India is developing into an open-market economy, yet traces of its past autarkic policies remain. Economic liberalization, including industrial deregulation, privatization of state-owned enterprises, and reduced controls on foreign trade and investment, began in the early1990s and has served to accelerate the country’s growth, which has averaged more than 7%per year since 1997. India’s diverse economy encompasses traditional village farming, modernagriculture, handicrafts, a wide range of modern industries, and a multitude of services.
Slightly more than half of the work force is in agriculture, but services are the major source of economic growth, accounting for more than half of India’s output, with only one-third of its labor force. India has capitalized on its large educated English-speaking population to become a major exporter of information technology services and software workers. In 2010, the Indian economy rebounded robustly from the global financial crisis – in large part because of strong domestic demand – and growth exceeded 8% year-on-year in real terms. However, India’s economic growth in 2011 slowed because of persistently high inflation and interest rates and little progress on economic reforms. High international crude prices have exacerbated the government’s fuel subsidy expenditures contributing to a higher fiscal deficit, and a worsening current account deficit. Little economic reform took place in 2011 largely due to courruption scandals that have slowed legislative work. India’s medium-term growth outlook is positive due to a young population and corresponding low dependency ratio, healthy savings and investment rates, and increasing integration into the global economy. India has many long-term challenges that it has not yet fully addressed, including widespread poverty, inadequate
physical and social infrastructure, limited non-agricultural employment opportunities, scarce access to quality basic and higher education, and accommodating rural-to-urban migration.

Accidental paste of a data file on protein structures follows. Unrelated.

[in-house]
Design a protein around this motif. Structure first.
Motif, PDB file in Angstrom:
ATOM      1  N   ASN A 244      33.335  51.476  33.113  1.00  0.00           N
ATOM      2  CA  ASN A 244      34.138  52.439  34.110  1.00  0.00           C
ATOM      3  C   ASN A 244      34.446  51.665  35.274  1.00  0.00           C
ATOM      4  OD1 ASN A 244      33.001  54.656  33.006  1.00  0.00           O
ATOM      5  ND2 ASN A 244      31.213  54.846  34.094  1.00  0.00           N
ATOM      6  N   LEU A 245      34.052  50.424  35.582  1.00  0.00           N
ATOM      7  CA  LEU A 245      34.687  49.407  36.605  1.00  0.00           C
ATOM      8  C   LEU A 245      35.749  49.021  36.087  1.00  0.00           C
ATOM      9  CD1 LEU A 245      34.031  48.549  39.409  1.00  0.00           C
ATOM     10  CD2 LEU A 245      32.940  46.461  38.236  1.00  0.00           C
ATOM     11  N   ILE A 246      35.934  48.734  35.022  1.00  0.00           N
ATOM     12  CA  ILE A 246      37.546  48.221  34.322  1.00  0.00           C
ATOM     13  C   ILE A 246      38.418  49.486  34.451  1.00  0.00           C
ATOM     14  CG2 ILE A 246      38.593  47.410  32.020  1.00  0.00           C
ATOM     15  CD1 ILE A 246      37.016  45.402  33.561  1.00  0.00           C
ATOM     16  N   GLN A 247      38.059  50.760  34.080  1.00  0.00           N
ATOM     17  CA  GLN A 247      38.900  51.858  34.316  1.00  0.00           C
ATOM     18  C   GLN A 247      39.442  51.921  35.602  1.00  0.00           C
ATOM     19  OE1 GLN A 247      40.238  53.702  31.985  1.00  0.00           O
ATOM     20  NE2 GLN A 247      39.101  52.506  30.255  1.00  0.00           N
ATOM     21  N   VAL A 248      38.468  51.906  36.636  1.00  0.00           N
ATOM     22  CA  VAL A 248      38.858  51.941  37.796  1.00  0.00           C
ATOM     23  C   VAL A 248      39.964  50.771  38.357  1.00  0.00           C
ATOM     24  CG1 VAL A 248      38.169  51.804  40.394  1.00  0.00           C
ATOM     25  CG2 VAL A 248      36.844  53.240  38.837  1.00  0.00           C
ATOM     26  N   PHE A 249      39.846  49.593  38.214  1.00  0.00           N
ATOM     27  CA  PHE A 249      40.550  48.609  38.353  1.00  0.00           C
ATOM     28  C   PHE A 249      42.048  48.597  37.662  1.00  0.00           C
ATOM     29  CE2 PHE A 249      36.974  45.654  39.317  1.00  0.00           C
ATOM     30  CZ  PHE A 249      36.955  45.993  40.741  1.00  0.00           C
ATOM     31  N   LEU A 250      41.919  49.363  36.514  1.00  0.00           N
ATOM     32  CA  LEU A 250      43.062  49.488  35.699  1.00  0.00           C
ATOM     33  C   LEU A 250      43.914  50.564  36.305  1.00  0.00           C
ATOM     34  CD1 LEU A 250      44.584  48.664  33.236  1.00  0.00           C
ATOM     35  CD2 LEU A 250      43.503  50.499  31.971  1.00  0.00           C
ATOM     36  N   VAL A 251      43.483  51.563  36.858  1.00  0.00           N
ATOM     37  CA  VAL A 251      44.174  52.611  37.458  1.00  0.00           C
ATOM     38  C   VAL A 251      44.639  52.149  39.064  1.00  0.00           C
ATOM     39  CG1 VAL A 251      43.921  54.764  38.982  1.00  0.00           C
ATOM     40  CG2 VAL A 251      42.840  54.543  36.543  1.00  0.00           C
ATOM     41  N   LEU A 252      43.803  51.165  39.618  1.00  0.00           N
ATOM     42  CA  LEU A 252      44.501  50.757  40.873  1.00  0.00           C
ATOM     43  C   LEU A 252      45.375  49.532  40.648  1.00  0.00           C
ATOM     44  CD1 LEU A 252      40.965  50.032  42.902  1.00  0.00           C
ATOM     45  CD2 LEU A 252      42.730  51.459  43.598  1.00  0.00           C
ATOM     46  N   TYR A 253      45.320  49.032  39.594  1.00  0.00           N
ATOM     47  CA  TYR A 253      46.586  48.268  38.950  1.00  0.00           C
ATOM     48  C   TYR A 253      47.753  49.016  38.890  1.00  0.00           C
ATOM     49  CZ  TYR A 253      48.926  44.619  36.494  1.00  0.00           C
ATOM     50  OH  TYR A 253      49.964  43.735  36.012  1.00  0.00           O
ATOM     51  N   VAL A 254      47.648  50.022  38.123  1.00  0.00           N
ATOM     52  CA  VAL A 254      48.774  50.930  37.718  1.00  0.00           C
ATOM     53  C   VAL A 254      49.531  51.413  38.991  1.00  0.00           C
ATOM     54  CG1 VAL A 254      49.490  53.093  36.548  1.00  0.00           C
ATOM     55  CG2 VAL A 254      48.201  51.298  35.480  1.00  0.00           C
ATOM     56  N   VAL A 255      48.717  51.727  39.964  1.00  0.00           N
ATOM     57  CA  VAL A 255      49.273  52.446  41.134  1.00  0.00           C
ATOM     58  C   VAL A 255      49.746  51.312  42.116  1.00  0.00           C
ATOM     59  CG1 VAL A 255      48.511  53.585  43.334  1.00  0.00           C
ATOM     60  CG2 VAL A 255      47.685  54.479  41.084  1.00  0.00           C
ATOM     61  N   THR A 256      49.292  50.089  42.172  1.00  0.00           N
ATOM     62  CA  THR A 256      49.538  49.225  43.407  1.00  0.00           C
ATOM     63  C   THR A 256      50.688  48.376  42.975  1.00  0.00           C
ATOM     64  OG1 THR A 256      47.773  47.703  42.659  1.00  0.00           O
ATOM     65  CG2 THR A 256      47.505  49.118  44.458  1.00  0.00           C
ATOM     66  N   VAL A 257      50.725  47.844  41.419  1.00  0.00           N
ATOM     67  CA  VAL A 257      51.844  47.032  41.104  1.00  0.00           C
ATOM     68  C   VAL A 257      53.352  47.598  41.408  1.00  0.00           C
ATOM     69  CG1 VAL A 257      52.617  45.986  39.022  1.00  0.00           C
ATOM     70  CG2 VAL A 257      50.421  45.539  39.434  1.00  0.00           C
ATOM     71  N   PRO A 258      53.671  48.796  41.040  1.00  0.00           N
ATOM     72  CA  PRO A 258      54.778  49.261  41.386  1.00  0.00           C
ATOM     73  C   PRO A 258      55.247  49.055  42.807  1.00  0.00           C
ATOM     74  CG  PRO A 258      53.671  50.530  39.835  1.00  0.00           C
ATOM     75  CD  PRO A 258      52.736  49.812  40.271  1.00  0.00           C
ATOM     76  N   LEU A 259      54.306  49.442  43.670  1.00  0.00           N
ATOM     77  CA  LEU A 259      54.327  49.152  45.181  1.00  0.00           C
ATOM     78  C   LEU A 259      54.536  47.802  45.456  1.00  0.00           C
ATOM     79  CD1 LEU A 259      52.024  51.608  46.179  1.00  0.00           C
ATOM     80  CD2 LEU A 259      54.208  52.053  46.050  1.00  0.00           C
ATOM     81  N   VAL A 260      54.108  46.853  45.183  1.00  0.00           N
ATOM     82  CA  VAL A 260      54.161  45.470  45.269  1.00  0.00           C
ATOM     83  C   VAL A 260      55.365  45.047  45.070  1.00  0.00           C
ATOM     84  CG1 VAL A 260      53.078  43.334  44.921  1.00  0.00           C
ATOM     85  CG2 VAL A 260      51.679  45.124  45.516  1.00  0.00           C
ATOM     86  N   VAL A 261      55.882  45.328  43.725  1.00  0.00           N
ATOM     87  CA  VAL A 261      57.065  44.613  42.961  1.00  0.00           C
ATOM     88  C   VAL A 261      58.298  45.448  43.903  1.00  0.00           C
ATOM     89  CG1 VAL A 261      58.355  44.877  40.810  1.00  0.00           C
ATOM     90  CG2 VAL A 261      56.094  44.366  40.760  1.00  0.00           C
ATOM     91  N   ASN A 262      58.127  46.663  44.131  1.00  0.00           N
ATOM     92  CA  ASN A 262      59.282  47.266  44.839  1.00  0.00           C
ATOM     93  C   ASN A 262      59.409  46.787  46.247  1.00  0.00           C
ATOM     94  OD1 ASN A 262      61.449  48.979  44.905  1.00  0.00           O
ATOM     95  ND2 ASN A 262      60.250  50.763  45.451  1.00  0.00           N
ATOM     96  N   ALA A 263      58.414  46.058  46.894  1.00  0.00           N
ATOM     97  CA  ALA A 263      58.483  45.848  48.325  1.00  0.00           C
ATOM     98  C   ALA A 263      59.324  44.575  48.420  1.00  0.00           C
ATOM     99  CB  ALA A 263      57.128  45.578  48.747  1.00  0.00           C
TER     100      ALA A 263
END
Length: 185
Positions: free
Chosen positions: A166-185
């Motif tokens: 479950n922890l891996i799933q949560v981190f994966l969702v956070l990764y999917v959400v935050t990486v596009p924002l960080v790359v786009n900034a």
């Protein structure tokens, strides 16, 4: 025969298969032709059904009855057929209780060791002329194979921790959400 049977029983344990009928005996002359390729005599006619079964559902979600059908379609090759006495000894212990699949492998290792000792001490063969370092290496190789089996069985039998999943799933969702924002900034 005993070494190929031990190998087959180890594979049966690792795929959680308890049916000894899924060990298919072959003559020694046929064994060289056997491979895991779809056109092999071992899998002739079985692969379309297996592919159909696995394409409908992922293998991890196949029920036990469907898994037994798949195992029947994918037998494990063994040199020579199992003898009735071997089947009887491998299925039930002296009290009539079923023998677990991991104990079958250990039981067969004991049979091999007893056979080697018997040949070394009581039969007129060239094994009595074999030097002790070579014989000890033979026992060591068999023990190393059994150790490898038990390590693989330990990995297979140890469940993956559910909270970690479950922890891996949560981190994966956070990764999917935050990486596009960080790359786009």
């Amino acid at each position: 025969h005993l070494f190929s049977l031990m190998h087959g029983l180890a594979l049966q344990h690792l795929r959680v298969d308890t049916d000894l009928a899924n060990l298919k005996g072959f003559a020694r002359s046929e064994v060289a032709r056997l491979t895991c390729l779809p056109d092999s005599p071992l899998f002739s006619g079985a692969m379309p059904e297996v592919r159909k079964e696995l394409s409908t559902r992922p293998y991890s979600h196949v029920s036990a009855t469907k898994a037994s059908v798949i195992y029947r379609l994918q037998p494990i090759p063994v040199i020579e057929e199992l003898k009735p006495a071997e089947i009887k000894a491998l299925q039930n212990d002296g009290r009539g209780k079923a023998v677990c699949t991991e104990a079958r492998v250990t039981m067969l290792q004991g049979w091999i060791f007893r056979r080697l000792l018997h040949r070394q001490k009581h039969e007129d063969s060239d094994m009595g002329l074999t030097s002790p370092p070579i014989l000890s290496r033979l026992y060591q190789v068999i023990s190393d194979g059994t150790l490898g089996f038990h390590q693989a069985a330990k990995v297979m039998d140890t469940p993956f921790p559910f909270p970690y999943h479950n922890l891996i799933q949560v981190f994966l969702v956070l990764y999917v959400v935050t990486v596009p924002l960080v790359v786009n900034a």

Indian industry today is on the threshold of entering into a new era where it will assume greater responsibility in making the nation self-reliant in Defence Production. The resurgence of India’s manufacturing sector has been remarkable. Not only are the profits soaring, the sector is also making its presence felt abroad as many Indian firms are becoming transnational companies.
The Indian manufacturing sector is internationally competitive with international quality standards, efficiency and manufacturing facilities. India is fast developing into a manufacturing hub for world corporations wanting to leverage the sector’s proven skills in product design, reconfiguration and customization with creativity, assured quality and value addition.
India, also keen to strengt...read more
Petroleum reserves were estimated at 4.8 billion barrels in early 2002. From less than 100,000 tons in 1951, crude oil production rose to 37.1 million tons in 1995. Production was 1.9 million barrels per day in 2001, and expected to grow to 3.4 million barrels per day by 2010. Oil exploration and production are undertaken in joint ventures between government and private foreign companies. Oil accounts for roughly 30% of India’s energy consumption. Production of natural gas increased from 920 million cu m in 1973 to 21,300 million cu m in 1999.